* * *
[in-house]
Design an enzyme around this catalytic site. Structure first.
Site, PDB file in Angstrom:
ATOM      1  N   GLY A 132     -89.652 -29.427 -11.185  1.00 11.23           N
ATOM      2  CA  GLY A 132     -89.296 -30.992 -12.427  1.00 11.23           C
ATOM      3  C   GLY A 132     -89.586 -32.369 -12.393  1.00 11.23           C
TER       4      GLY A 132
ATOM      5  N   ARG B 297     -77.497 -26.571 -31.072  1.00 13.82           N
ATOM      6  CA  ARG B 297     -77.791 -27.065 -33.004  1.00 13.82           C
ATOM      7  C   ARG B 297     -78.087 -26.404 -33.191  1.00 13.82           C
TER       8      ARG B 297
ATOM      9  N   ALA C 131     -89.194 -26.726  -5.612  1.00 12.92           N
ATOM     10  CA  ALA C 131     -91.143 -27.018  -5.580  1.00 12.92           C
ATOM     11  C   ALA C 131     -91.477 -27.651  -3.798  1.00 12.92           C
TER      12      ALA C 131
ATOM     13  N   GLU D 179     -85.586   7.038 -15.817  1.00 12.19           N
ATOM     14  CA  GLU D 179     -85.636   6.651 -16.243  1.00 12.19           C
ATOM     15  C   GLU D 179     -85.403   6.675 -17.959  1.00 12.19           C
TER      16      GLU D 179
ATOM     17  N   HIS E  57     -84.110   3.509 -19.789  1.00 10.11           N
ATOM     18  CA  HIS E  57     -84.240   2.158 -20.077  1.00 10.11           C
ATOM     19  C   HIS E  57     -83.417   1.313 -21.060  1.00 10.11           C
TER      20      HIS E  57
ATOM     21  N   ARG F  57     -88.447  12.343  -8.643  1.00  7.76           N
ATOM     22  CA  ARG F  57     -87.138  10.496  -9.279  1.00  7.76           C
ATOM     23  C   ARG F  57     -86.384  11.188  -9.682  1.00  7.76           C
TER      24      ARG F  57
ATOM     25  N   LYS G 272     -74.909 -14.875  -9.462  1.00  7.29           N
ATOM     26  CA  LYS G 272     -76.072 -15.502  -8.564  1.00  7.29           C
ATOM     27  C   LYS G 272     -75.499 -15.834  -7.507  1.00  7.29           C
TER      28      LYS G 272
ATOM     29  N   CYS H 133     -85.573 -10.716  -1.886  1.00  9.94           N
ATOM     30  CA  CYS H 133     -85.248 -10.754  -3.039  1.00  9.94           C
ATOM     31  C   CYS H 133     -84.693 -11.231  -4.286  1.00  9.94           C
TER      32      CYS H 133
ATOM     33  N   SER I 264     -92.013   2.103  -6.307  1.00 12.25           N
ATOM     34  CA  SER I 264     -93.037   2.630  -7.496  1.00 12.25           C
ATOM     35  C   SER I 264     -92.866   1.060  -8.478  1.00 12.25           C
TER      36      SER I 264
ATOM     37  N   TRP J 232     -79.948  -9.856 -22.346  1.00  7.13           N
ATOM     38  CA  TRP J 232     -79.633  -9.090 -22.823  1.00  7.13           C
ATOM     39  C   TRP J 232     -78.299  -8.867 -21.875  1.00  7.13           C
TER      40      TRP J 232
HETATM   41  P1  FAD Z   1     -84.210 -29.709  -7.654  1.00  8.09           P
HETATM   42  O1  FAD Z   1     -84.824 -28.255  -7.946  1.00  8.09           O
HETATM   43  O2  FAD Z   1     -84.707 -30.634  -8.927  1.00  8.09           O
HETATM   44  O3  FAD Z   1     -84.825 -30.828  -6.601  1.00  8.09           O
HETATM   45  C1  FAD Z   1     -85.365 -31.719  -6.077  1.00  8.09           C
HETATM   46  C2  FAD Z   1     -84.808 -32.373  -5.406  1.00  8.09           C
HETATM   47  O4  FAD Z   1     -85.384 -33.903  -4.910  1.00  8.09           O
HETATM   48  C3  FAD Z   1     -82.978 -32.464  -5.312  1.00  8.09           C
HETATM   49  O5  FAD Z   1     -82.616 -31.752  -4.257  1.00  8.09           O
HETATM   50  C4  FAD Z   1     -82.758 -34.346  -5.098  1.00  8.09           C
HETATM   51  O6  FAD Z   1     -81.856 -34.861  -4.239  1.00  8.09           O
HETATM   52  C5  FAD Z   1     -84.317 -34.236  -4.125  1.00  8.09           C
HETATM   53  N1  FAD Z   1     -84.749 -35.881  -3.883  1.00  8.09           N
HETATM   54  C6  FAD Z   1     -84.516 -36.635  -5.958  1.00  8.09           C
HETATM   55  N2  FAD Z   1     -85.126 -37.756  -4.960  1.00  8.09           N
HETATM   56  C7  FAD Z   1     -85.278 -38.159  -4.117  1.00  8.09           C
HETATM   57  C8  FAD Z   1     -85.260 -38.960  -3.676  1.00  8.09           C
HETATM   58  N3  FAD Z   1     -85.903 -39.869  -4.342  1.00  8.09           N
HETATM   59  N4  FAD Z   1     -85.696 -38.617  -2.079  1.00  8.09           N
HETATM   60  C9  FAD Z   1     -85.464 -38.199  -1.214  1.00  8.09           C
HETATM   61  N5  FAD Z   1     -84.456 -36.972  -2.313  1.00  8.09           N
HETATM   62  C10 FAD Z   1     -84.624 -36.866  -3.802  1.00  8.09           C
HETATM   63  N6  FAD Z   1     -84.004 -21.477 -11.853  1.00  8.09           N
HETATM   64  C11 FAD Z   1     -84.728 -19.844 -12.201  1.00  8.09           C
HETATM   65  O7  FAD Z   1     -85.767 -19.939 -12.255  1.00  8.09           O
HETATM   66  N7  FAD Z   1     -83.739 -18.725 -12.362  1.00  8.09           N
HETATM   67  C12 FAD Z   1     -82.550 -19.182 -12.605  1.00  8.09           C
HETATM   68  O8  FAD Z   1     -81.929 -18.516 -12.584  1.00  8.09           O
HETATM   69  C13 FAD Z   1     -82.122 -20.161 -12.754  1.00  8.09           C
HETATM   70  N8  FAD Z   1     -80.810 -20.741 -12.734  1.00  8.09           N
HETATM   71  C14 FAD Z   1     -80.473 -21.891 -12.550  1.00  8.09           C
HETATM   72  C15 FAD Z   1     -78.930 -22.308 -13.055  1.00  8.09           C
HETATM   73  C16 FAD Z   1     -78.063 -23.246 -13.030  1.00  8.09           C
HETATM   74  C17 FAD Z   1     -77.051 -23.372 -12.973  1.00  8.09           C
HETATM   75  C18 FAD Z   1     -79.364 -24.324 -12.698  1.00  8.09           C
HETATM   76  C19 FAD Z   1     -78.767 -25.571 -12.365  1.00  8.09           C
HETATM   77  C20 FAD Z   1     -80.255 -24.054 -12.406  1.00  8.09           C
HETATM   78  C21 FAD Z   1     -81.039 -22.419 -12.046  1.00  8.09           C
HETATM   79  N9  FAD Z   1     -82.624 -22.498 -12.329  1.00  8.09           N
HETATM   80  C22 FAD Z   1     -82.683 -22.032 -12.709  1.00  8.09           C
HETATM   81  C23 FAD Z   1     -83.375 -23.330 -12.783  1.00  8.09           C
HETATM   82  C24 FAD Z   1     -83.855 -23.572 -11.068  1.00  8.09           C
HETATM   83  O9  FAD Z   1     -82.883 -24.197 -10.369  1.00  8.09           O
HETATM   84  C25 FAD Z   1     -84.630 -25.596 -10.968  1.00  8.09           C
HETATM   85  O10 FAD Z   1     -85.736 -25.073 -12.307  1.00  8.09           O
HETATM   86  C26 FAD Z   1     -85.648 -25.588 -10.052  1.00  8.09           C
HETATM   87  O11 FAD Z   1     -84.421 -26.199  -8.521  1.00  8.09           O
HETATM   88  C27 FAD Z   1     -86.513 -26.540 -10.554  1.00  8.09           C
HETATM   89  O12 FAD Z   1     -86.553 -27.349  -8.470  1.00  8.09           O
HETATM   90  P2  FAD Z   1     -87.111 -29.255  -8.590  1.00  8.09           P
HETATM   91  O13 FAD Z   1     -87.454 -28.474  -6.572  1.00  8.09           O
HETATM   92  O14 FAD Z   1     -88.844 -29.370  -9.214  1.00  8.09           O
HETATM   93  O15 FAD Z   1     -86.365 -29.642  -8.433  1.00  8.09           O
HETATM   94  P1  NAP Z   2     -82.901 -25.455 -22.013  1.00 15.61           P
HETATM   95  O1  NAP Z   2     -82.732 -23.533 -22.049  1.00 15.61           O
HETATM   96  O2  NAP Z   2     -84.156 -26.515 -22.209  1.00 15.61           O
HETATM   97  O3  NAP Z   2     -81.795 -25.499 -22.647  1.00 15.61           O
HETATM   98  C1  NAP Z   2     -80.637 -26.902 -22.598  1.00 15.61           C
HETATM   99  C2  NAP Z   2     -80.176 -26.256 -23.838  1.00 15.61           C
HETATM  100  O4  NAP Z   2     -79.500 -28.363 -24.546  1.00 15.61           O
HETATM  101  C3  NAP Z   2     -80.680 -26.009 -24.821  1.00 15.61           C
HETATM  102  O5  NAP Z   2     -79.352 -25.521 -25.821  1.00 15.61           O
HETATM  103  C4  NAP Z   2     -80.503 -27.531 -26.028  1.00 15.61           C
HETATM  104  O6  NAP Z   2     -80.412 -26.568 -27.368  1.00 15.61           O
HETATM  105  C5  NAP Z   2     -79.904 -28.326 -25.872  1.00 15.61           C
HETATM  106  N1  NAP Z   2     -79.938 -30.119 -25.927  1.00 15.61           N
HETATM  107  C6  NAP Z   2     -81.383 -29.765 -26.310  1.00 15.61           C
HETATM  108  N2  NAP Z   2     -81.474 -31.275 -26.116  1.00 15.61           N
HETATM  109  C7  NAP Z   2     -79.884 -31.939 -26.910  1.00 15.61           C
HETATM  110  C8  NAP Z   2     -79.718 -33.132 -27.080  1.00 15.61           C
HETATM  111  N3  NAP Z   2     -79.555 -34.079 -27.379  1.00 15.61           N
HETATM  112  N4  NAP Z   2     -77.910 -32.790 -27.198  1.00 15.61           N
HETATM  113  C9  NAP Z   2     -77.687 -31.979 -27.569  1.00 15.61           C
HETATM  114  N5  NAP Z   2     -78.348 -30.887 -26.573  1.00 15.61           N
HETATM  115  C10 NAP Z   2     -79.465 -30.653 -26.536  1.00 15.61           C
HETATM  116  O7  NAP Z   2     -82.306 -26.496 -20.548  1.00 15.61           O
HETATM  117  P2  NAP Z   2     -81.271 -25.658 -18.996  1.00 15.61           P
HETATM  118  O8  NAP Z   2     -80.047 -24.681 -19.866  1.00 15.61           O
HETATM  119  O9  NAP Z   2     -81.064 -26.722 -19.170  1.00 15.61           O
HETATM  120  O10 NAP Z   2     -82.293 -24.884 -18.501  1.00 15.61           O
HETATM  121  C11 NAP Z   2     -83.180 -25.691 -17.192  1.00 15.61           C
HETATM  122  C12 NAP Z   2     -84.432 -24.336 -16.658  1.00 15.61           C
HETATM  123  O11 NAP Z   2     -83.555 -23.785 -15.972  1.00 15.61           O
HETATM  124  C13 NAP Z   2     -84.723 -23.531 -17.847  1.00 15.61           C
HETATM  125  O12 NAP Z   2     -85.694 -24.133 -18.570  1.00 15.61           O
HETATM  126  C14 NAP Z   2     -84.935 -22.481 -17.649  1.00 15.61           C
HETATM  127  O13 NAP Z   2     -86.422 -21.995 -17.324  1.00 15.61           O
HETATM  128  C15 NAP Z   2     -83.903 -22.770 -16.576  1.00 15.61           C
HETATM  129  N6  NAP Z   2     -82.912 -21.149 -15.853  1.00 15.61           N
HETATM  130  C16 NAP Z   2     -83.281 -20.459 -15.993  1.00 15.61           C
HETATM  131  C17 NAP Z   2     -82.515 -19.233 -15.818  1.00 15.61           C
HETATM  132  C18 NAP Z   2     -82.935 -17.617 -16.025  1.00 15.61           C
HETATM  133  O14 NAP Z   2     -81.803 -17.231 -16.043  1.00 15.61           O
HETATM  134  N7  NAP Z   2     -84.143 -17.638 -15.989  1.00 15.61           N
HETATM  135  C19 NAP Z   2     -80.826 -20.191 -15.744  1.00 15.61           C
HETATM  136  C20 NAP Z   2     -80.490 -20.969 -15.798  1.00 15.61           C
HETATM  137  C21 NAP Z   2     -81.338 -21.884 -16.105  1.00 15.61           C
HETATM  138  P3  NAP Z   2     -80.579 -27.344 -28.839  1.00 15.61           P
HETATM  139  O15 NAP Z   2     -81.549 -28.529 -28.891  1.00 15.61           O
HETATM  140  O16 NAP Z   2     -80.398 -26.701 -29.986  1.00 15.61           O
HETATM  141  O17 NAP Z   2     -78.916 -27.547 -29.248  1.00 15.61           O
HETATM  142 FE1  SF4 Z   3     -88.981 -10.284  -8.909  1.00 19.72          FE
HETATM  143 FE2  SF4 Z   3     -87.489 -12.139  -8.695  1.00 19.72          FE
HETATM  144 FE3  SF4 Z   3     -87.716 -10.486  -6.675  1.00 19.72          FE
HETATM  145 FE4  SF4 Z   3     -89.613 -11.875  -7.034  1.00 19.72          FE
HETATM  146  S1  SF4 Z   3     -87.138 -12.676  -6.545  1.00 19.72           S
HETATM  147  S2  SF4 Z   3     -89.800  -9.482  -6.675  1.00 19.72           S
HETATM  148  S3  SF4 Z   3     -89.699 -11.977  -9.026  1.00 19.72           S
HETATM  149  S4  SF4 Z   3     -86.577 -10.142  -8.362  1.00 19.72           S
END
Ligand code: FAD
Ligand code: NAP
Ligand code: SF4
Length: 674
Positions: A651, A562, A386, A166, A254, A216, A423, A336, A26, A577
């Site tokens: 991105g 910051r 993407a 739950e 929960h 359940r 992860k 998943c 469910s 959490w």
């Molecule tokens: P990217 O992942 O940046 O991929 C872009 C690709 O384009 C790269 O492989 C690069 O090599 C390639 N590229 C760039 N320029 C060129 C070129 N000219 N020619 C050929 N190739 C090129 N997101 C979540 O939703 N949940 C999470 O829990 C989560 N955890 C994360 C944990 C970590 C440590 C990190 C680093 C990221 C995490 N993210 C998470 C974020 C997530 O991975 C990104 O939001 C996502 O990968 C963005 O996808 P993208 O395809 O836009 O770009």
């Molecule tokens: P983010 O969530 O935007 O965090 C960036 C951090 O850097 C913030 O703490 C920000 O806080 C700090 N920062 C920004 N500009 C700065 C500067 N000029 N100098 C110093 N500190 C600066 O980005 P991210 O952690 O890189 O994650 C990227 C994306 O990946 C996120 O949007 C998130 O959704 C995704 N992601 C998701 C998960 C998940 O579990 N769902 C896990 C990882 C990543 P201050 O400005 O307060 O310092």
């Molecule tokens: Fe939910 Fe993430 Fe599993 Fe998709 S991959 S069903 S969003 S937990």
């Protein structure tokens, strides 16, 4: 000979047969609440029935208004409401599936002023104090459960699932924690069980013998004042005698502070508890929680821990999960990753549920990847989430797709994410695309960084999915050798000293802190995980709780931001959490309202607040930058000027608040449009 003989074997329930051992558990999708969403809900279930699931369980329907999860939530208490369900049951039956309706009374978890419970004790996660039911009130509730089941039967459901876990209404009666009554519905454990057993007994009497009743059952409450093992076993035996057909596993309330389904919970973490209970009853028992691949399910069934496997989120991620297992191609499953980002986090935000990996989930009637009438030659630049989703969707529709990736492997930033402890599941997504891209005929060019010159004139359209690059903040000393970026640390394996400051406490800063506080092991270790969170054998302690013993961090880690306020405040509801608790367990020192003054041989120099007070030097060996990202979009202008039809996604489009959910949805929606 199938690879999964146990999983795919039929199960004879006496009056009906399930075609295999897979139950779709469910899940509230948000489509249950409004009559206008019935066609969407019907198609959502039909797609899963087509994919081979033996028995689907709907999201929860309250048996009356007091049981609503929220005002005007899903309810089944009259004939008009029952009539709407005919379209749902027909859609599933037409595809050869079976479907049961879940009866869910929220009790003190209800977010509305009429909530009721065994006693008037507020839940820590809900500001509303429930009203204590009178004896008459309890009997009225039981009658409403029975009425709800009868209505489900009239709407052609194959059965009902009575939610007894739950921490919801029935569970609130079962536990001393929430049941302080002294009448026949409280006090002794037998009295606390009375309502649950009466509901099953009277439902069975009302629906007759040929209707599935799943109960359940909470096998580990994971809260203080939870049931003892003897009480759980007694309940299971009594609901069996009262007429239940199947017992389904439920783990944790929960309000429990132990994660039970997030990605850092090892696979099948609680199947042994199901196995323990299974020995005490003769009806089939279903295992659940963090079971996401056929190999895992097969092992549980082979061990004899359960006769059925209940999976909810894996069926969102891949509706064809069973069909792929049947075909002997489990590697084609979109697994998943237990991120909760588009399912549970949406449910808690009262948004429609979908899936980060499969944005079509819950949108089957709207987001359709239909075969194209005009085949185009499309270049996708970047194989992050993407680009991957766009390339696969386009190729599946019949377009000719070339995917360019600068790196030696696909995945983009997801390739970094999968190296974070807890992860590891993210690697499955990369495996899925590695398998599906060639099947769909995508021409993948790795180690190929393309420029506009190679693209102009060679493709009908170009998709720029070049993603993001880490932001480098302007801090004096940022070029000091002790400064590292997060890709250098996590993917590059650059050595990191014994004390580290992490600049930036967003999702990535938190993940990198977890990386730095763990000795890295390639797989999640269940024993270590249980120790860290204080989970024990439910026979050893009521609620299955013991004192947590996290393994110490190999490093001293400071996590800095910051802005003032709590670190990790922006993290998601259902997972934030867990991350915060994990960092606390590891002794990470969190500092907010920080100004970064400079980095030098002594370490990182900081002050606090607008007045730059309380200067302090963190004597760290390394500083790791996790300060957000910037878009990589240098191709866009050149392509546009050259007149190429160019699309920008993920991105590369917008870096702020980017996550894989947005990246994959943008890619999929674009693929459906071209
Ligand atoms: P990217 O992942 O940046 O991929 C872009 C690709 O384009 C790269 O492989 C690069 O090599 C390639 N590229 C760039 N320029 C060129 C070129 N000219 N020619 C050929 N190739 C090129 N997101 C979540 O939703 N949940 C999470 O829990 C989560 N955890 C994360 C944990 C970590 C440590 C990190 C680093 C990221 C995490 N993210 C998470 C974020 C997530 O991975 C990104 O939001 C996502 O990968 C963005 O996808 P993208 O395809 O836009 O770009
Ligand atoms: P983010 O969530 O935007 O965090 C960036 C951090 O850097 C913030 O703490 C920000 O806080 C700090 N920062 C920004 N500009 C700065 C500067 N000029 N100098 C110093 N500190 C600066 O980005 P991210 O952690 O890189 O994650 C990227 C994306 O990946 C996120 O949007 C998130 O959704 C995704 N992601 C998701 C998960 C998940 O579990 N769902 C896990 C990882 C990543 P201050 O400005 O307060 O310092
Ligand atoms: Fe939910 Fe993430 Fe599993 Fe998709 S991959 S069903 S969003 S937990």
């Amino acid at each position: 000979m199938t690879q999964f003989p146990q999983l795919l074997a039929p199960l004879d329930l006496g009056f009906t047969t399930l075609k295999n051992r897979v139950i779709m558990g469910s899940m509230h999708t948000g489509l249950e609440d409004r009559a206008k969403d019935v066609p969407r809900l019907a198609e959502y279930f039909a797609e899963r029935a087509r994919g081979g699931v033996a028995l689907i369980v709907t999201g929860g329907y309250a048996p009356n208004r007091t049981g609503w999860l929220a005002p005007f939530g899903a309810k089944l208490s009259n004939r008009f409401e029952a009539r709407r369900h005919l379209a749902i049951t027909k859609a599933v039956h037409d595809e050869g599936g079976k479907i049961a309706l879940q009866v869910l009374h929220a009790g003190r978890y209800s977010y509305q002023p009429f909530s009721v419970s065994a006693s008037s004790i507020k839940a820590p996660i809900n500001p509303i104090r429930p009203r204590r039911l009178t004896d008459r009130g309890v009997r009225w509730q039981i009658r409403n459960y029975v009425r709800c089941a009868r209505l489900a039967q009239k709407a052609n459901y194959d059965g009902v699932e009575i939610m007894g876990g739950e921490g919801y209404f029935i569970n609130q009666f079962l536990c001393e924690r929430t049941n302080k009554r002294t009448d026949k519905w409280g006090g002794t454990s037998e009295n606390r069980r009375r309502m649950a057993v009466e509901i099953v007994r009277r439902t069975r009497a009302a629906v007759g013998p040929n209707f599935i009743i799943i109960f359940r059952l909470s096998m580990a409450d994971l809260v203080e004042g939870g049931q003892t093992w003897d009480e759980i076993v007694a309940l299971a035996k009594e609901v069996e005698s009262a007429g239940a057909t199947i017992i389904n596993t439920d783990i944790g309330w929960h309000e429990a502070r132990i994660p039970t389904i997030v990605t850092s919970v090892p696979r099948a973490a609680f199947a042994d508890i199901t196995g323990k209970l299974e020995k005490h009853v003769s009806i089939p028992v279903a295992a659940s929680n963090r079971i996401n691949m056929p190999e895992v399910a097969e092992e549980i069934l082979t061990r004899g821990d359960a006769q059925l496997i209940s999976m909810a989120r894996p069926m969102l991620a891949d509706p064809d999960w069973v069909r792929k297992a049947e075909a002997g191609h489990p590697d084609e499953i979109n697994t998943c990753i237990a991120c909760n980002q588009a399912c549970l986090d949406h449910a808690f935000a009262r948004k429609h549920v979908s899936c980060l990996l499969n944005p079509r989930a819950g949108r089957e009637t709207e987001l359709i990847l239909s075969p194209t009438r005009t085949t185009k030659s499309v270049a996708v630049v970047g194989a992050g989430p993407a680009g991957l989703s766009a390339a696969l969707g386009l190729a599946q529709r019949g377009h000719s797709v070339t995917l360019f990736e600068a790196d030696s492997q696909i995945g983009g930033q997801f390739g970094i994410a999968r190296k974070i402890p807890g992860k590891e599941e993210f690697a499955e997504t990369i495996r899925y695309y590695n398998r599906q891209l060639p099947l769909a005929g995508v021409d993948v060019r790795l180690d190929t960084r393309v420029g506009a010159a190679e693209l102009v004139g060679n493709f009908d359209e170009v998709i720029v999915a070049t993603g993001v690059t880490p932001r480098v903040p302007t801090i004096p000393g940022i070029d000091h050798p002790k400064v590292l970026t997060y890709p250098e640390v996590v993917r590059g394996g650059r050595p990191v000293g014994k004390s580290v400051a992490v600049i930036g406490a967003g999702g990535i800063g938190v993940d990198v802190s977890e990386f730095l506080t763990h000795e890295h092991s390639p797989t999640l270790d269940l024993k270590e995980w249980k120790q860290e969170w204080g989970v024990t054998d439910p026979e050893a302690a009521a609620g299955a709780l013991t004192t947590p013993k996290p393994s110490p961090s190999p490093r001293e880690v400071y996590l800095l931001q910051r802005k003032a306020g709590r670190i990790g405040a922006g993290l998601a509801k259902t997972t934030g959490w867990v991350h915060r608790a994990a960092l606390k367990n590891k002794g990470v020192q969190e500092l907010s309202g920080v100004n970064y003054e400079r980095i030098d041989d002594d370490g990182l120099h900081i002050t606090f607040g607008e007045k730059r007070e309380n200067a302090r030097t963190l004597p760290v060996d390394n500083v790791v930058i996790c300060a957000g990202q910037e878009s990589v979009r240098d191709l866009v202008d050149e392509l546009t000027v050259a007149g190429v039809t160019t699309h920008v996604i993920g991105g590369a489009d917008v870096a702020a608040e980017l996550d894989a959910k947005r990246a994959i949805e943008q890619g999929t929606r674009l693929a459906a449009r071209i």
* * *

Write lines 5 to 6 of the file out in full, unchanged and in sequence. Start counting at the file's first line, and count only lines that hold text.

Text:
ATOM      2  CA  GLY A 132     -89.296 -30.992 -12.427  1.00 11.23           C
ATOM      3  C   GLY A 132     -89.586 -32.369 -12.393  1.00 11.23           C